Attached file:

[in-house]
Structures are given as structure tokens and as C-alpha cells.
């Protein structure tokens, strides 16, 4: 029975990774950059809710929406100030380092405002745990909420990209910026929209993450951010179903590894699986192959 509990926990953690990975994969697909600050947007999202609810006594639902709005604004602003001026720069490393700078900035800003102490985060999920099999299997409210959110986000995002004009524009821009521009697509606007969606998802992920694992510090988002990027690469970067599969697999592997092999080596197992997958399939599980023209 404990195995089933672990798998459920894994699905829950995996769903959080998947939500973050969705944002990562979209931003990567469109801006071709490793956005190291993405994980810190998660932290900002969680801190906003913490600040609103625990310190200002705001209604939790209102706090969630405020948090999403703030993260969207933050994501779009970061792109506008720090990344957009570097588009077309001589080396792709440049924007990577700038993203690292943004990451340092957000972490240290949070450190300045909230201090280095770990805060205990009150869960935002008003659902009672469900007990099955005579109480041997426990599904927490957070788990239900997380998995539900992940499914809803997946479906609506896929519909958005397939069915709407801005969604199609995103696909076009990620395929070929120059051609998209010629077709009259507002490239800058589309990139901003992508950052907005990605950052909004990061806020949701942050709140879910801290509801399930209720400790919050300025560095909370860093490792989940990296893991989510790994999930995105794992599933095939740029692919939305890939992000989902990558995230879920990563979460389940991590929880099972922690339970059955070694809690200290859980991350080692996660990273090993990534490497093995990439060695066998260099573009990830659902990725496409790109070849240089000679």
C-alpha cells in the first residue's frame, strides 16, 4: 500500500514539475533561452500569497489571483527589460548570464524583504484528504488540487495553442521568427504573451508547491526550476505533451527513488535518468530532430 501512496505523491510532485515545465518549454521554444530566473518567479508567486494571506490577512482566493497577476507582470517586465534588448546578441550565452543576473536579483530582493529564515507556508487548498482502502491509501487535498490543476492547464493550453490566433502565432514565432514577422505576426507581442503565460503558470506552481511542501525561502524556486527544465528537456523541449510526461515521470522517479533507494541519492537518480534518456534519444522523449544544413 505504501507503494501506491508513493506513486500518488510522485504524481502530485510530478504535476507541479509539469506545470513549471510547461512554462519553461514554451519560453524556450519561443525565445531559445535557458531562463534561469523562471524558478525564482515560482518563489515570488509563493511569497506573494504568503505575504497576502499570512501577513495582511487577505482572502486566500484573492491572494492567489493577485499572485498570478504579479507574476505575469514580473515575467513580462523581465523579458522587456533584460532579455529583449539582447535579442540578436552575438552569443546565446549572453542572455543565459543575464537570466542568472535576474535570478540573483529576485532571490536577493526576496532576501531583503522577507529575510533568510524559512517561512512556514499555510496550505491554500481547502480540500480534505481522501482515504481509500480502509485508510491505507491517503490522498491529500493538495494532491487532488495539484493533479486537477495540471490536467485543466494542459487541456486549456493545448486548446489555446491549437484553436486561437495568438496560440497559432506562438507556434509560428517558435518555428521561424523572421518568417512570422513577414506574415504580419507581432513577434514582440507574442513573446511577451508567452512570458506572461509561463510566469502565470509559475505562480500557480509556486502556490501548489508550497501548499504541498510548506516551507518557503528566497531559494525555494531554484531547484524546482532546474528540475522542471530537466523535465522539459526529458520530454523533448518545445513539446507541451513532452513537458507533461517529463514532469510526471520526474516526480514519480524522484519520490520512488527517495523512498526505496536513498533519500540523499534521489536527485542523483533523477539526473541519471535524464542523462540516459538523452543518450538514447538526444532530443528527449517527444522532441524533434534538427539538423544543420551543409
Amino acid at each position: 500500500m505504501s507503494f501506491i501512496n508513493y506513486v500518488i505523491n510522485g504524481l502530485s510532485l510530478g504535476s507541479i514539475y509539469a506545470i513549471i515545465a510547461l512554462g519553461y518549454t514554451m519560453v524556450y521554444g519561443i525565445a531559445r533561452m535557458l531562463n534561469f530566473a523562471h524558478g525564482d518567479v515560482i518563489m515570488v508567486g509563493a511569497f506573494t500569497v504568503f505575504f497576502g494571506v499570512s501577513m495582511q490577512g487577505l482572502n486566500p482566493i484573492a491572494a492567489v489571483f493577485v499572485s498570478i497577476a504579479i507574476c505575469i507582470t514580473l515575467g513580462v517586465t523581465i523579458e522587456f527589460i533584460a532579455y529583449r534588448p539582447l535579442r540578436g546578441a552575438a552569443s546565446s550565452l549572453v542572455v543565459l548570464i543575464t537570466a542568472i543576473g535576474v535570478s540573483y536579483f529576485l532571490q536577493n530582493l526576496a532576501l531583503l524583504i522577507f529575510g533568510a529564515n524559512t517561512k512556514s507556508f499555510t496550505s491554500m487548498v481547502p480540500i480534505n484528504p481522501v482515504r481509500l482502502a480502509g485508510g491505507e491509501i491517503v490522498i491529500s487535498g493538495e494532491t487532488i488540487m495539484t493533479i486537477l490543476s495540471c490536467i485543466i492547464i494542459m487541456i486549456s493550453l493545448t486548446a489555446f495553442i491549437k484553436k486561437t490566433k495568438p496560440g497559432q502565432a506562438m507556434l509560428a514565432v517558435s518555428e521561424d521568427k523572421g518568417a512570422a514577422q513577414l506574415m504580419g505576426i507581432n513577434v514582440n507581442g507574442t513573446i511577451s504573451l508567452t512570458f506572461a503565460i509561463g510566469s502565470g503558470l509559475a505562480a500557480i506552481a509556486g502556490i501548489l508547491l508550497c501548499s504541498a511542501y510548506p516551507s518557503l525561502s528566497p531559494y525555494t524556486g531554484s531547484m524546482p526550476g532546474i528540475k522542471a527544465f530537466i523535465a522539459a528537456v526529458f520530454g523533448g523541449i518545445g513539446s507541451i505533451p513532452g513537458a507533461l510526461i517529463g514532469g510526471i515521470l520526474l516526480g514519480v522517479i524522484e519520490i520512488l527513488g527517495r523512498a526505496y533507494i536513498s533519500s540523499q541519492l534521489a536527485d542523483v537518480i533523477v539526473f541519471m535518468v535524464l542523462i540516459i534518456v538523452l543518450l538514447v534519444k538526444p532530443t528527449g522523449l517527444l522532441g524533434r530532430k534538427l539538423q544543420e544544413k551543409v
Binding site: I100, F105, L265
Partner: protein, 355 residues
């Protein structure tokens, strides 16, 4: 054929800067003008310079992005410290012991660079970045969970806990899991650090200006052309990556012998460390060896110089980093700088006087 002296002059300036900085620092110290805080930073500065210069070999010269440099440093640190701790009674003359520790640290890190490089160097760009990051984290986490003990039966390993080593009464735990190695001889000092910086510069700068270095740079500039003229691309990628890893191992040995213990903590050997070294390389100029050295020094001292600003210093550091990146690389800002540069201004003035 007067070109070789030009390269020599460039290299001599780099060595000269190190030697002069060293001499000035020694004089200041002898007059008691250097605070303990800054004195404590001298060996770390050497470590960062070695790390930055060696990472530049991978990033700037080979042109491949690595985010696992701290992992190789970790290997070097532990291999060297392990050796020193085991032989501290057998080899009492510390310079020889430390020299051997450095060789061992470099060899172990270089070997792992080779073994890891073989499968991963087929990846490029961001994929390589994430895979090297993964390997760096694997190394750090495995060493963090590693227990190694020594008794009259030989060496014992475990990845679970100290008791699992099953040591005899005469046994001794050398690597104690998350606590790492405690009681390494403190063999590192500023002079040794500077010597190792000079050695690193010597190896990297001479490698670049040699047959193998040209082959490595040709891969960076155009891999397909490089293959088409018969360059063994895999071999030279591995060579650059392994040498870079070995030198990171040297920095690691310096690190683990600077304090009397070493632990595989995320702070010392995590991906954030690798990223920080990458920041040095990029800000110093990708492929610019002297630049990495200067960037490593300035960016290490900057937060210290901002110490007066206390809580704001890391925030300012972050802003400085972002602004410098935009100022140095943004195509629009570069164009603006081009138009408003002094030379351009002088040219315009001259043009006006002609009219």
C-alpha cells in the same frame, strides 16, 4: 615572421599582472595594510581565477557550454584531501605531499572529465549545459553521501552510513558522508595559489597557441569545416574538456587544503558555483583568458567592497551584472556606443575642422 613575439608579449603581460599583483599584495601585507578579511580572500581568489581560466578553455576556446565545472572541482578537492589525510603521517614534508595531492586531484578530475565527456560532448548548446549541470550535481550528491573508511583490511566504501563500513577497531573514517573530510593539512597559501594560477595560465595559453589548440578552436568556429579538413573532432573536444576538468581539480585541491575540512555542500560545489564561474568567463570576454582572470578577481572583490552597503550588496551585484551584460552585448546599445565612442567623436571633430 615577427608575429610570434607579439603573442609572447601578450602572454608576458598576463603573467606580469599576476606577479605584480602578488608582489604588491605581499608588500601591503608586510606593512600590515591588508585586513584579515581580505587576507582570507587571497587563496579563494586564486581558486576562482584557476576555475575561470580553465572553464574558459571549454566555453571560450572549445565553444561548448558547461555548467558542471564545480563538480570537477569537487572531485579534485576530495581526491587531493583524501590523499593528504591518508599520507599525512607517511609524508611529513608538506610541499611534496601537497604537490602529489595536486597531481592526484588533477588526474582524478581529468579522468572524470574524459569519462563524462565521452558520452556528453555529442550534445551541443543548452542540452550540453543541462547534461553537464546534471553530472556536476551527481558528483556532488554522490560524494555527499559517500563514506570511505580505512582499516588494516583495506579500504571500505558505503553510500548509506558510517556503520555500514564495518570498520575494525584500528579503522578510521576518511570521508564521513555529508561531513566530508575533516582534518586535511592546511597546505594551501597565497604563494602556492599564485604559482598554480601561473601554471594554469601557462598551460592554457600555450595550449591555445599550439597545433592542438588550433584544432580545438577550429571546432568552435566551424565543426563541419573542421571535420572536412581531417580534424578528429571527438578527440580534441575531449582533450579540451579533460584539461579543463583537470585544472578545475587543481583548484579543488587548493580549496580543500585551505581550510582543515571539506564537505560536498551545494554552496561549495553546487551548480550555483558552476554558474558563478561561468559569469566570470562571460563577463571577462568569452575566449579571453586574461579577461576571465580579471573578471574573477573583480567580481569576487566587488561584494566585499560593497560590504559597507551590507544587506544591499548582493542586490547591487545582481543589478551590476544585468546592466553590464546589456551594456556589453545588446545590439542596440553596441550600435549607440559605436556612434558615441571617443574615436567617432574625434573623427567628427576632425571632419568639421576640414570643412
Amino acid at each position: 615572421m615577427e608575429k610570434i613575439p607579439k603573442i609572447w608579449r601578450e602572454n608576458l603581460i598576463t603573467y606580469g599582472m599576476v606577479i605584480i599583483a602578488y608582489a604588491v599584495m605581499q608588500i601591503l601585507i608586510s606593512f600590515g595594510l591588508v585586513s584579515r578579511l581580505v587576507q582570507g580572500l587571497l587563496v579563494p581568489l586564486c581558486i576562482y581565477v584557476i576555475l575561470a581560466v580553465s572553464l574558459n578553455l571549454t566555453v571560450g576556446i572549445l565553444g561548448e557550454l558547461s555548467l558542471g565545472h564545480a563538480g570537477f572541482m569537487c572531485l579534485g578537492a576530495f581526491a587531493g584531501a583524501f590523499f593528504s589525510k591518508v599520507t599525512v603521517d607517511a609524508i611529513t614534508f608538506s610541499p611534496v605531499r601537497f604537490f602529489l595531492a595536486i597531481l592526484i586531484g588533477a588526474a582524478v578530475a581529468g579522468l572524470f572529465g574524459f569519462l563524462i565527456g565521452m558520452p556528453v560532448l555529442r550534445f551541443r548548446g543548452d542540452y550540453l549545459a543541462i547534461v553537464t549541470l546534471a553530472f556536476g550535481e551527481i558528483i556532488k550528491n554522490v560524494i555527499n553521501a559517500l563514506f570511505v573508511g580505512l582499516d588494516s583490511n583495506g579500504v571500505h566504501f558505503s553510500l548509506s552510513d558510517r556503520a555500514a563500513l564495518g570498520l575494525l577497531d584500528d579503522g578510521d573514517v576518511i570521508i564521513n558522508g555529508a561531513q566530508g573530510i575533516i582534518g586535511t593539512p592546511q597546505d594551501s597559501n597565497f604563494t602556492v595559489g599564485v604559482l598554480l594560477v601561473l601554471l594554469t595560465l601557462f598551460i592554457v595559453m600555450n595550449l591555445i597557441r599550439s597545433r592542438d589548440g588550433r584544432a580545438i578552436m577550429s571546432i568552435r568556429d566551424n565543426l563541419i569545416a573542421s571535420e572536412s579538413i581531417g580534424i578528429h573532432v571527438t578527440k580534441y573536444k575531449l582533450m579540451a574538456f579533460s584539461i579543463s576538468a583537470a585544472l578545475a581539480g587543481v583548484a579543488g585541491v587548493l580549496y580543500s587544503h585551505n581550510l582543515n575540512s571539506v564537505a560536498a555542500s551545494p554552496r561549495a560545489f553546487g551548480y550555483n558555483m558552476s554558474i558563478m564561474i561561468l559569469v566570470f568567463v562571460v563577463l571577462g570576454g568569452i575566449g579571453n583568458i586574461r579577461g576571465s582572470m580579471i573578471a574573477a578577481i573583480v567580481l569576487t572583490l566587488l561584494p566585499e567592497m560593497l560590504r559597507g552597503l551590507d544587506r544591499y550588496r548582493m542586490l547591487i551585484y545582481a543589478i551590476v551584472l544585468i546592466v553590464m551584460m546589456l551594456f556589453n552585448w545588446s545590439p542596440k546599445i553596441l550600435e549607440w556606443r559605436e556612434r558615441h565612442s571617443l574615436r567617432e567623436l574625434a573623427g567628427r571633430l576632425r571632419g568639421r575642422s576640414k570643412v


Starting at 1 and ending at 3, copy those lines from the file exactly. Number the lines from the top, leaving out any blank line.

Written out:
[in-house]
Structures are given as structure tokens and as C-alpha cells.
């Protein structure tokens, strides 16, 4: 029975990774950059809710929406100030380092405002745990909420990209910026929209993450951010179903590894699986192959 509990926990953690990975994969697909600050947007999202609810006594639902709005604004602003001026720069490393700078900035800003102490985060999920099999299997409210959110986000995002004009524009821009521009697509606007969606998802992920694992510090988002990027690469970067599969697999592997092999080596197992997958399939599980023209 404990195995089933672990798998459920894994699905829950995996769903959080998947939500973050969705944002990562979209931003990567469109801006071709490793956005190291993405994980810190998660932290900002969680801190906003913490600040609103625990310190200002705001209604939790209102706090969630405020948090999403703030993260969207933050994501779009970061792109506008720090990344957009570097588009077309001589080396792709440049924007990577700038993203690292943004990451340092957000972490240290949070450190300045909230201090280095770990805060205990009150869960935002008003659902009672469900007990099955005579109480041997426990599904927490957070788990239900997380998995539900992940499914809803997946479906609506896929519909958005397939069915709407801005969604199609995103696909076009990620395929070929120059051609998209010629077709009259507002490239800058589309990139901003992508950052907005990605950052909004990061806020949701942050709140879910801290509801399930209720400790919050300025560095909370860093490792989940990296893991989510790994999930995105794992599933095939740029692919939305890939992000989902990558995230879920990563979460389940991590929880099972922690339970059955070694809690200290859980991350080692996660990273090993990534490497093995990439060695066998260099573009990830659902990725496409790109070849240089000679």